Of all the things I wanted to do as a child, the idea of becoming a potter never crossed my mind. In fact, the first time I even saw a potter at work was in college.
Early in college, I was a rather uncommitted art major. I felt limited in talent with two-dimensional art forms. The first time I saw a potter throwing clay on the wheel, I knew I had to try this dynamic art. Once I did, I became captivated. The tactile quality of creating pottery, the spinning mass of clay, enamored me. Creating something extraordinary out of seemingly nothing was magic.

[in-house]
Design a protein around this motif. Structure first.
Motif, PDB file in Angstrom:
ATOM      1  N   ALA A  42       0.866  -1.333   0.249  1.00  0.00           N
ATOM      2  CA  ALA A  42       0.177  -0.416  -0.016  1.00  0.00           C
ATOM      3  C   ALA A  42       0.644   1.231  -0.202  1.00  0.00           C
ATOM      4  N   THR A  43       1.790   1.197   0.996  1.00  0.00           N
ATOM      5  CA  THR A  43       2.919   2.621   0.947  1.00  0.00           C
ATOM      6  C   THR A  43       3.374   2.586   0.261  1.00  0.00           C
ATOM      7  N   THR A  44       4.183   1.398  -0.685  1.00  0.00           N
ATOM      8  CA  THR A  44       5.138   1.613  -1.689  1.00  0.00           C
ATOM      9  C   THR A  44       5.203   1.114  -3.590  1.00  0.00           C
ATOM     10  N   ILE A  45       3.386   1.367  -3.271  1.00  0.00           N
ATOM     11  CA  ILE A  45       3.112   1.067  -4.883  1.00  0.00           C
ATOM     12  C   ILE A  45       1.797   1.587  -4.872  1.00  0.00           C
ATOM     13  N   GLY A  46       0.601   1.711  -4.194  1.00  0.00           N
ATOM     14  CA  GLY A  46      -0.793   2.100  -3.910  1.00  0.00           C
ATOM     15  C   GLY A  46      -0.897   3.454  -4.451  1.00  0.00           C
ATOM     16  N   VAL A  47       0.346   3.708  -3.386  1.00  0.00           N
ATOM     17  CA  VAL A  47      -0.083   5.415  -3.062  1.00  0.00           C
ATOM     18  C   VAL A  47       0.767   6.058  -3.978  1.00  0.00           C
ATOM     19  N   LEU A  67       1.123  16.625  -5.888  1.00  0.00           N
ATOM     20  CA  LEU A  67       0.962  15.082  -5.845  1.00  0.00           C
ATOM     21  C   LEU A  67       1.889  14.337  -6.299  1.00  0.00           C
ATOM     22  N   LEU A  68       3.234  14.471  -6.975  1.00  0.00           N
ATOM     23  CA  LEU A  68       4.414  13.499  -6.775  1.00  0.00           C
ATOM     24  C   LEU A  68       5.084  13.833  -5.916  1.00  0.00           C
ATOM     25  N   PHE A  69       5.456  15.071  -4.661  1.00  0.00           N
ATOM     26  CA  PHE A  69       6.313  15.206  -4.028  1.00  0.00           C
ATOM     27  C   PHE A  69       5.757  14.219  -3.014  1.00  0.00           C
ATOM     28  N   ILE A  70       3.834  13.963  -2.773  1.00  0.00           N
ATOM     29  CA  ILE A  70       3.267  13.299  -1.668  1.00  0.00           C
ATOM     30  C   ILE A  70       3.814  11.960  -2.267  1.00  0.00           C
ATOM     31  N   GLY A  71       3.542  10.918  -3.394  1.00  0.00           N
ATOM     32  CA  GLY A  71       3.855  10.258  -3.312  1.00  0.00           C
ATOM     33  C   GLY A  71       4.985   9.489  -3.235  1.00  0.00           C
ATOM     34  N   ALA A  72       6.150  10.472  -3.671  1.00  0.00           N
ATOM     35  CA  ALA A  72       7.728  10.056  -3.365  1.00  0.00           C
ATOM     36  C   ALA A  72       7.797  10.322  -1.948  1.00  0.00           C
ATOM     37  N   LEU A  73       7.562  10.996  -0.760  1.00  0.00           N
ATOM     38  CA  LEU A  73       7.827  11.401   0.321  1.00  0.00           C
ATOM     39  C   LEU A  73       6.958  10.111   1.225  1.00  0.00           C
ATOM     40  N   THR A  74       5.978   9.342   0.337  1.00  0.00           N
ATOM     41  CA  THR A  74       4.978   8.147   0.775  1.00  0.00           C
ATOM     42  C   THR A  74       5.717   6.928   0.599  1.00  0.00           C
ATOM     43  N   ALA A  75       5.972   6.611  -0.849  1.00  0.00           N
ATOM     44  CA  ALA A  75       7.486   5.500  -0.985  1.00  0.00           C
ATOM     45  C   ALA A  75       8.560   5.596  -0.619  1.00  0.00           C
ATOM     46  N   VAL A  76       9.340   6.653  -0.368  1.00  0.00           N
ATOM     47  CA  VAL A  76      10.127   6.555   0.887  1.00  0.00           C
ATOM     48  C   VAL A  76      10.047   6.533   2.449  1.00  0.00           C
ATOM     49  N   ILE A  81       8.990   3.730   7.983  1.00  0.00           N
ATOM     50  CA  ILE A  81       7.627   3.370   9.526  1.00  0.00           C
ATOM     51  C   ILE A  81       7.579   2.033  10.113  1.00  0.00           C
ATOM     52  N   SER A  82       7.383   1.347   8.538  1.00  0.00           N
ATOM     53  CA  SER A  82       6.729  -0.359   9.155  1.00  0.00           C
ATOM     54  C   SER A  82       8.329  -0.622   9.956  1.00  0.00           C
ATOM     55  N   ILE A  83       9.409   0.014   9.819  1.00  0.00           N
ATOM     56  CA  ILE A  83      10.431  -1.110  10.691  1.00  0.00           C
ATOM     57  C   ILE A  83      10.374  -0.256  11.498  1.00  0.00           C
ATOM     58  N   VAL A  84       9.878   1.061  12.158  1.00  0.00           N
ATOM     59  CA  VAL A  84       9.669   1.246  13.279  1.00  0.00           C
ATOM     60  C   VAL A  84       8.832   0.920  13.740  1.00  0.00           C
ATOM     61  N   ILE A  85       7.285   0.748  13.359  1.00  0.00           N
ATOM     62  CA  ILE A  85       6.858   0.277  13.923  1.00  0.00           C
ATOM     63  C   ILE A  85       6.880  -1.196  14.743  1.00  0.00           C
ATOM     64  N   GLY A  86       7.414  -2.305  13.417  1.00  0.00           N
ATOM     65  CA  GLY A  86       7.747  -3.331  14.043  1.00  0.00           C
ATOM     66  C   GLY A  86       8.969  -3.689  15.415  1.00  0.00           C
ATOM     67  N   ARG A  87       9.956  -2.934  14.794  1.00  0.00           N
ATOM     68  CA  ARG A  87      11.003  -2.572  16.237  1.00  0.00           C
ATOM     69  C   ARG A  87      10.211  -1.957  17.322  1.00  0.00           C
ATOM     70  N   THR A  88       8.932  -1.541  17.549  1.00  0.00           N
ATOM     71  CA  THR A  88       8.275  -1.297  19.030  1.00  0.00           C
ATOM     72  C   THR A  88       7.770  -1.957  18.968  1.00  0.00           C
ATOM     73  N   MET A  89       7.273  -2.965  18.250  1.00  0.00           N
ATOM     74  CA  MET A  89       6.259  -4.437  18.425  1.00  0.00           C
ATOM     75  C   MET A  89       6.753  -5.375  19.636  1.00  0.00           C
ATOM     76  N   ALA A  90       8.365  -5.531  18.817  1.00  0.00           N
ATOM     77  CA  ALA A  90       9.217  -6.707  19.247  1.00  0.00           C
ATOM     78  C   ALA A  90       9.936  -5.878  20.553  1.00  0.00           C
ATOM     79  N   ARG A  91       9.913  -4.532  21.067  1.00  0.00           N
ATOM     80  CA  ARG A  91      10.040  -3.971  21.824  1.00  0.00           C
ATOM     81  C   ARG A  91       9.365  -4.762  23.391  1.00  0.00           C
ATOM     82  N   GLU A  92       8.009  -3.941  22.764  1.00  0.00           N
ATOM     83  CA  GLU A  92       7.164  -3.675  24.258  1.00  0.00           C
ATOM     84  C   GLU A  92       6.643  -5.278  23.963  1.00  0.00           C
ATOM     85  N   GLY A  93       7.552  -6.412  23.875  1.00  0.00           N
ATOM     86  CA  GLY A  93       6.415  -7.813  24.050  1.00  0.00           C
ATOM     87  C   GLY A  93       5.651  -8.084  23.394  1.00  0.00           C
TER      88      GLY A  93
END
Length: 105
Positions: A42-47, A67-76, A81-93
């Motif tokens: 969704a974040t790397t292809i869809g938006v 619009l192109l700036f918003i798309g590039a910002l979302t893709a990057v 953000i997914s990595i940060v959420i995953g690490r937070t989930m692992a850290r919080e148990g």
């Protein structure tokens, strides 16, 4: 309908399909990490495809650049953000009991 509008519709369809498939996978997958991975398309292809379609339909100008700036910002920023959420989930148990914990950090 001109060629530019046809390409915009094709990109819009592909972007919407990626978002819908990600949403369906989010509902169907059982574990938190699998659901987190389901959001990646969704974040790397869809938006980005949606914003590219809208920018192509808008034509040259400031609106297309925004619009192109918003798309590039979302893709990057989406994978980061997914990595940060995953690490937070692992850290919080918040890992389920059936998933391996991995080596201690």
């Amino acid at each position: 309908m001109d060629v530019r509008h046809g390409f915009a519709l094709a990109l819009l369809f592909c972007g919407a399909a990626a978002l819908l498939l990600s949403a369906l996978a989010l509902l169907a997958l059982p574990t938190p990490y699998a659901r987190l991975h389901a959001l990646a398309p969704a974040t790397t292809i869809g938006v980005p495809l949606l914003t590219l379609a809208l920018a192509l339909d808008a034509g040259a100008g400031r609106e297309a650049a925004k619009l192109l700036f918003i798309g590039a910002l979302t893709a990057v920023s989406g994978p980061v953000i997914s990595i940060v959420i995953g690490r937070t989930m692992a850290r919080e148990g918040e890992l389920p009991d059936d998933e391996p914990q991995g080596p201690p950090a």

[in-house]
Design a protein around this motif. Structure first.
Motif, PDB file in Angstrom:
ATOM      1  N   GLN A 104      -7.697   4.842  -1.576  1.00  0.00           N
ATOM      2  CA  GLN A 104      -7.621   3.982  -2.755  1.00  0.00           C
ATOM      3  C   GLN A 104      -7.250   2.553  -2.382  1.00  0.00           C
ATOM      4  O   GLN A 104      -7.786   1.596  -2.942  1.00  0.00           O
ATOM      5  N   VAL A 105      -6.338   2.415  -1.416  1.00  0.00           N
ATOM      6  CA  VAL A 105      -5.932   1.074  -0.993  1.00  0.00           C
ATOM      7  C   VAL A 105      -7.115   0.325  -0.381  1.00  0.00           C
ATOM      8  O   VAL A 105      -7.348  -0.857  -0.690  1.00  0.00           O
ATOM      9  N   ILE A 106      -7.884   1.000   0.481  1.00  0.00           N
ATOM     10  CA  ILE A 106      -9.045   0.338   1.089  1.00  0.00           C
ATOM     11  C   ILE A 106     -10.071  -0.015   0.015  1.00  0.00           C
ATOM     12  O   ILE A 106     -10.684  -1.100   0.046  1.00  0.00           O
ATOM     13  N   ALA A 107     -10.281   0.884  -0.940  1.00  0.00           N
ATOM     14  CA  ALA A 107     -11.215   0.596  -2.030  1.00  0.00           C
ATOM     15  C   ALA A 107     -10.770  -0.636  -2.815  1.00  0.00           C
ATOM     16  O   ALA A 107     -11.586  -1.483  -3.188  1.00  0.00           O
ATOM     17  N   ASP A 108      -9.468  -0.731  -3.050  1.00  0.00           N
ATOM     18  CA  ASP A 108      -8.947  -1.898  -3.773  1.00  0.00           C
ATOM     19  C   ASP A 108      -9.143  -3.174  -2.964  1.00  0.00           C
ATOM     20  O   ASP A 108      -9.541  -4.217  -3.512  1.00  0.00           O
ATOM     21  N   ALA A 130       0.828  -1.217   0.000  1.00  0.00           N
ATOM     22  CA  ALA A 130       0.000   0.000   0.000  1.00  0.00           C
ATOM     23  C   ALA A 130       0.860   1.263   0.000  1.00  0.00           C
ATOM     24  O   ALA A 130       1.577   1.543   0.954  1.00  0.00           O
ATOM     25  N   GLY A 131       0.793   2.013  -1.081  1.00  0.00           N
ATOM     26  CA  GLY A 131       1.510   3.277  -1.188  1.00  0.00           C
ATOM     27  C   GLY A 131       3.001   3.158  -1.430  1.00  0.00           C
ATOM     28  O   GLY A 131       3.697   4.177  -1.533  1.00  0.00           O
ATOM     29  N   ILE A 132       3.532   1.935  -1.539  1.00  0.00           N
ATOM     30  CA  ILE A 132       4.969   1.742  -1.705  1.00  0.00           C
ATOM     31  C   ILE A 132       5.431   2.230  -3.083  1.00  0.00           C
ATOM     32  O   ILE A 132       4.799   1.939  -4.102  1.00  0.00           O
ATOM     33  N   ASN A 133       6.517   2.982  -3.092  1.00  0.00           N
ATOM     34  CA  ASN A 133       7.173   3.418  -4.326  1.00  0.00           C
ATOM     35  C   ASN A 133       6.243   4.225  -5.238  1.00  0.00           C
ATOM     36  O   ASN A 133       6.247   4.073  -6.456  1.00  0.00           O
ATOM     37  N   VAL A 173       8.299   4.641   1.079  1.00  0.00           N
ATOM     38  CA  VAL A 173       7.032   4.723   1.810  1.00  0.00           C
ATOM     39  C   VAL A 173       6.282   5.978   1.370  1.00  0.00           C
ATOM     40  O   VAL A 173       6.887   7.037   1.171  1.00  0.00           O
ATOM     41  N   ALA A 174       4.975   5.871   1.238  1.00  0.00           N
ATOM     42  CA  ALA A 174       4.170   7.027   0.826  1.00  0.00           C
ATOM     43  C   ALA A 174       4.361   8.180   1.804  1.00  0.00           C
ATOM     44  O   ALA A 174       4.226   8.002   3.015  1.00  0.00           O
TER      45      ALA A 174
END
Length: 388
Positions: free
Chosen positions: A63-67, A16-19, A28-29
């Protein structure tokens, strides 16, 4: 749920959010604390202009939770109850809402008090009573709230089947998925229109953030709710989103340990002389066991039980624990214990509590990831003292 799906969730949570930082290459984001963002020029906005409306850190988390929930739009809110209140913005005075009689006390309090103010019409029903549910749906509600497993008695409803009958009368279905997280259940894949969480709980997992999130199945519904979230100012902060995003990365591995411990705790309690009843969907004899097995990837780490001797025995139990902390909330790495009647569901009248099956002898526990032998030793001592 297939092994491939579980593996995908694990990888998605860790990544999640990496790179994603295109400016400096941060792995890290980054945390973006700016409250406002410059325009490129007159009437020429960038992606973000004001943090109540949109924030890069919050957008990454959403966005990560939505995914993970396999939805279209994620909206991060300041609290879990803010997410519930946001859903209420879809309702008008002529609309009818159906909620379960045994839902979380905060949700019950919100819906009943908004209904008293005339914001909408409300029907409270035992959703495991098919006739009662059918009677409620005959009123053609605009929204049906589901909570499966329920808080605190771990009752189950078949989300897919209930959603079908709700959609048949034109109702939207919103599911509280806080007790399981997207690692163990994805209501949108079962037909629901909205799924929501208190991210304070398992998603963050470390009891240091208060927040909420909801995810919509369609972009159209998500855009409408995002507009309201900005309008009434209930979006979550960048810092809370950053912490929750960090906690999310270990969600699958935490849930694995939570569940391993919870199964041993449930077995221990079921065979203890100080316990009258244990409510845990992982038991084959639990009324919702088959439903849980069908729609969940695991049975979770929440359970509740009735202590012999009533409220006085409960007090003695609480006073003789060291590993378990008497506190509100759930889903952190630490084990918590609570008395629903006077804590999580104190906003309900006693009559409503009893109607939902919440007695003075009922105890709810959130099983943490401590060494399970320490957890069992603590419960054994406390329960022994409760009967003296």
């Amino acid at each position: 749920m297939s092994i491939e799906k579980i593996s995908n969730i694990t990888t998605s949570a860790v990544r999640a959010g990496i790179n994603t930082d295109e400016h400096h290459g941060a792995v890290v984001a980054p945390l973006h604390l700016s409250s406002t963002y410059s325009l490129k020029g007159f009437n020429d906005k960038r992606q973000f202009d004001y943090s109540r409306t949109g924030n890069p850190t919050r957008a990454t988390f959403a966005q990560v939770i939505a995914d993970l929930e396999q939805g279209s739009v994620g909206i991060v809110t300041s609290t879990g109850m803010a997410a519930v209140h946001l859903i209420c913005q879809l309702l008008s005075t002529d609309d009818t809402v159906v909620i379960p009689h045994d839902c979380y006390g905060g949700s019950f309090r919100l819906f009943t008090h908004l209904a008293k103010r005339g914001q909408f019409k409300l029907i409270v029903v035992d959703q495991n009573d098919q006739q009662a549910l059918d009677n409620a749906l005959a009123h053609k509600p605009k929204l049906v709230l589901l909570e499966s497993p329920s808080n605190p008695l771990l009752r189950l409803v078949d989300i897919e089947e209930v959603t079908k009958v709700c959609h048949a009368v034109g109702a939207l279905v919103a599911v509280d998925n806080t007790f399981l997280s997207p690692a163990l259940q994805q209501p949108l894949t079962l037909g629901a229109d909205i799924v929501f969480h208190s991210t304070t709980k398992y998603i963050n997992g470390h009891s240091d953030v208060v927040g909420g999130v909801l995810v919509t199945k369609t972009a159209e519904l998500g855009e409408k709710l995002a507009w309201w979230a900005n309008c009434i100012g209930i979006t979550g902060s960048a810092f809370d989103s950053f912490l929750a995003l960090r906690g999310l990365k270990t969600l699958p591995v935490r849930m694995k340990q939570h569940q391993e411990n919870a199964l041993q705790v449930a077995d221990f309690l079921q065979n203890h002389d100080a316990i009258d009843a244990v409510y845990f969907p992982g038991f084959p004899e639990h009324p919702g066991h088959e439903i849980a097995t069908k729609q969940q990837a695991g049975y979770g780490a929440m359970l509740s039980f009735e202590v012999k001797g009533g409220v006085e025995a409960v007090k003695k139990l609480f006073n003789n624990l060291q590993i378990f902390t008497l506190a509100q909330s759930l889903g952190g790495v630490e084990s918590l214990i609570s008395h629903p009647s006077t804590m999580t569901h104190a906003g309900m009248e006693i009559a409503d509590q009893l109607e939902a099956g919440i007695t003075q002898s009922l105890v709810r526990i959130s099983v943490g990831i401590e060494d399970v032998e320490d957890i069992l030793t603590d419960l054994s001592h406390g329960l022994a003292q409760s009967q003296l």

In the middle of my college study, I took a leave from academics to work for a potter near Kansas City. The year-and-a-half experience was a period of tremendous growth for me as an artist.
When I returned to finish a my Bachelor of Fine Arts, I was fully committed to pottery. I graduated in 1977 from Abilene Christian University and promptly moved to Austin, Texas, where I have lived ever since.